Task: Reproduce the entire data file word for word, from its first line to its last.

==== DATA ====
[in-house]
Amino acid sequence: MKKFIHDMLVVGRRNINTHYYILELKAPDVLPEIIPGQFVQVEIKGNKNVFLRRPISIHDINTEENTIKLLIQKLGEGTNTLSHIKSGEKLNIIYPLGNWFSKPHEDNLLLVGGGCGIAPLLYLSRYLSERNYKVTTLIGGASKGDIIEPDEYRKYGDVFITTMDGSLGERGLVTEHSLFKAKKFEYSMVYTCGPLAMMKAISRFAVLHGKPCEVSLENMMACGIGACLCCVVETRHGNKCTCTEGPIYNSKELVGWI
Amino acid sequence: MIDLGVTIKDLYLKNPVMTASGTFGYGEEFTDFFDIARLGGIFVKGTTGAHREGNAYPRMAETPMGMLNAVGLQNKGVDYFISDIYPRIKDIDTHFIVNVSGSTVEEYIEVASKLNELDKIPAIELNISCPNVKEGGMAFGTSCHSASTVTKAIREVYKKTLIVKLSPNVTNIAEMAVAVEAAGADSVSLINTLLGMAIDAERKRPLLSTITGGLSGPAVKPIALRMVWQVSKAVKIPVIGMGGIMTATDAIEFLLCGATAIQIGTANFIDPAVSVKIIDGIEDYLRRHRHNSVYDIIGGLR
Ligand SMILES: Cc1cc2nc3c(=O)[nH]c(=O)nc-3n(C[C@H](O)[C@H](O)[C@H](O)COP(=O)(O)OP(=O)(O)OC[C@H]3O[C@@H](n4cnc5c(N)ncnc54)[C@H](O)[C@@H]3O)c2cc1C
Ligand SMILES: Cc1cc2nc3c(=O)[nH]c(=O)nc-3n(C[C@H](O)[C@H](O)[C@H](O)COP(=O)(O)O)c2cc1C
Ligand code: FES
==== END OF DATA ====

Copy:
[in-house]
Amino acid sequence: MKKFIHDMLVVGRRNINTHYYILELKAPDVLPEIIPGQFVQVEIKGNKNVFLRRPISIHDINTEENTIKLLIQKLGEGTNTLSHIKSGEKLNIIYPLGNWFSKPHEDNLLLVGGGCGIAPLLYLSRYLSERNYKVTTLIGGASKGDIIEPDEYRKYGDVFITTMDGSLGERGLVTEHSLFKAKKFEYSMVYTCGPLAMMKAISRFAVLHGKPCEVSLENMMACGIGACLCCVVETRHGNKCTCTEGPIYNSKELVGWI
Amino acid sequence: MIDLGVTIKDLYLKNPVMTASGTFGYGEEFTDFFDIARLGGIFVKGTTGAHREGNAYPRMAETPMGMLNAVGLQNKGVDYFISDIYPRIKDIDTHFIVNVSGSTVEEYIEVASKLNELDKIPAIELNISCPNVKEGGMAFGTSCHSASTVTKAIREVYKKTLIVKLSPNVTNIAEMAVAVEAAGADSVSLINTLLGMAIDAERKRPLLSTITGGLSGPAVKPIALRMVWQVSKAVKIPVIGMGGIMTATDAIEFLLCGATAIQIGTANFIDPAVSVKIIDGIEDYLRRHRHNSVYDIIGGLR
Ligand SMILES: Cc1cc2nc3c(=O)[nH]c(=O)nc-3n(C[C@H](O)[C@H](O)[C@H](O)COP(=O)(O)OP(=O)(O)OC[C@H]3O[C@@H](n4cnc5c(N)ncnc54)[C@H](O)[C@@H]3O)c2cc1C
Ligand SMILES: Cc1cc2nc3c(=O)[nH]c(=O)nc-3n(C[C@H](O)[C@H](O)[C@H](O)COP(=O)(O)O)c2cc1C
Ligand code: FES